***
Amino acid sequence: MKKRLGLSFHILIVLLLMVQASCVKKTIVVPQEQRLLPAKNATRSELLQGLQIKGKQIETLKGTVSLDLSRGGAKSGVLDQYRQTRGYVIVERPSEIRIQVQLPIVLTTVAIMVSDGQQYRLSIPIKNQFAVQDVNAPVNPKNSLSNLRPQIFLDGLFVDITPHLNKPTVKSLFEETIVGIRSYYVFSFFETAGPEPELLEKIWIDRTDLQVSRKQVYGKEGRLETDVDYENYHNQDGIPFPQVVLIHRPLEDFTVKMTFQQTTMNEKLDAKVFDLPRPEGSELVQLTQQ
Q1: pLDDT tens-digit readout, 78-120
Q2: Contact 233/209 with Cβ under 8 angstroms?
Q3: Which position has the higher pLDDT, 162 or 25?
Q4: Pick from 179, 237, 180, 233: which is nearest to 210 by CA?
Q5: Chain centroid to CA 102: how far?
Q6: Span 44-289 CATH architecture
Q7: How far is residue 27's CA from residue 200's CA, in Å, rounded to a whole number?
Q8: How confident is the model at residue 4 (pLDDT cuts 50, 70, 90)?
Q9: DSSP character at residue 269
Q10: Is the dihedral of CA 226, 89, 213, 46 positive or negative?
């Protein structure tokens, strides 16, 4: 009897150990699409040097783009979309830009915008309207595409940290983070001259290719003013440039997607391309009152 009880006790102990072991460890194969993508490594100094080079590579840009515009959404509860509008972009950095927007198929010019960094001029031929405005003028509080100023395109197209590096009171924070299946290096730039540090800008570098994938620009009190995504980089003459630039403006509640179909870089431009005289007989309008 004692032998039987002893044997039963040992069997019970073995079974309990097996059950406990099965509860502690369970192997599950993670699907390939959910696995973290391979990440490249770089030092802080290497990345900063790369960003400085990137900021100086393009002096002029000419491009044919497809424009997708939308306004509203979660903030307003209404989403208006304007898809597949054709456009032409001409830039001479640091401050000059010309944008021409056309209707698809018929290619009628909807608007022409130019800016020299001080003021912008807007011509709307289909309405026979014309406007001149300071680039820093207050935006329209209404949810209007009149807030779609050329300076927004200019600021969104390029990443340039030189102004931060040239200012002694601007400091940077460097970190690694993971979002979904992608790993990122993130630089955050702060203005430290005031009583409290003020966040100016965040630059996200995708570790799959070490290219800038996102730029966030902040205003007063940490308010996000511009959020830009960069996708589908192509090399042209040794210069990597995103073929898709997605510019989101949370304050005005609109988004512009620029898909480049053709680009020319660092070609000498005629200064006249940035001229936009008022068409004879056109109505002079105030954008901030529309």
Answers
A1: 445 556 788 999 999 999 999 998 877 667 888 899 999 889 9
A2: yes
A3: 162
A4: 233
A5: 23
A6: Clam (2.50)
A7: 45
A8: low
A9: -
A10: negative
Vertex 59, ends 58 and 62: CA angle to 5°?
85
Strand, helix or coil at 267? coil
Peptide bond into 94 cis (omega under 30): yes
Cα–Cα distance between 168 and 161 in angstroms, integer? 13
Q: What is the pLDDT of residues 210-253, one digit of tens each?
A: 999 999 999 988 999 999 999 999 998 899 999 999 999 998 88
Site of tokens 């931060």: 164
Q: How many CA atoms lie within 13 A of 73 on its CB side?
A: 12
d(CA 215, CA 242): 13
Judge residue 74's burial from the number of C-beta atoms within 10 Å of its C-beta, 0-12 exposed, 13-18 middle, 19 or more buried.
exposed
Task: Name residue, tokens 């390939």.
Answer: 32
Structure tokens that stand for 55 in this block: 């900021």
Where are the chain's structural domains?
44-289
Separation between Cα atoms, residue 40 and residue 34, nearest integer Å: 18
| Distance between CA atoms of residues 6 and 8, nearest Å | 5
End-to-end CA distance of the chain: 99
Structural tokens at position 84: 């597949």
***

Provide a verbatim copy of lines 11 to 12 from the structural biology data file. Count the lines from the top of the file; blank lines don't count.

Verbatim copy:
Q10: Is the dihedral of CA 226, 89, 213, 46 positive or negative?
């Protein structure tokens, strides 16, 4: 009897150990699409040097783009979309830009915008309207595409940290983070001259290719003013440039997607391309009152 009880006790102990072991460890194969993508490594100094080079590579840009515009959404509860509008972009950095927007198929010019960094001029031929405005003028509080100023395109197209590096009171924070299946290096730039540090800008570098994938620009009190995504980089003459630039403006509640179909870089431009005289007989309008 004692032998039987002893044997039963040992069997019970073995079974309990097996059950406990099965509860502690369970192997599950993670699907390939959910696995973290391979990440490249770089030092802080290497990345900063790369960003400085990137900021100086393009002096002029000419491009044919497809424009997708939308306004509203979660903030307003209404989403208006304007898809597949054709456009032409001409830039001479640091401050000059010309944008021409056309209707698809018929290619009628909807608007022409130019800016020299001080003021912008807007011509709307289909309405026979014309406007001149300071680039820093207050935006329209209404949810209007009149807030779609050329300076927004200019600021969104390029990443340039030189102004931060040239200012002694601007400091940077460097970190690694993971979002979904992608790993990122993130630089955050702060203005430290005031009583409290003020966040100016965040630059996200995708570790799959070490290219800038996102730029966030902040205003007063940490308010996000511009959020830009960069996708589908192509090399042209040794210069990597995103073929898709997605510019989101949370304050005005609109988004512009620029898909480049053709680009020319660092070609000498005629200064006249940035001229936009008022068409004879056109109505002079105030954008901030529309």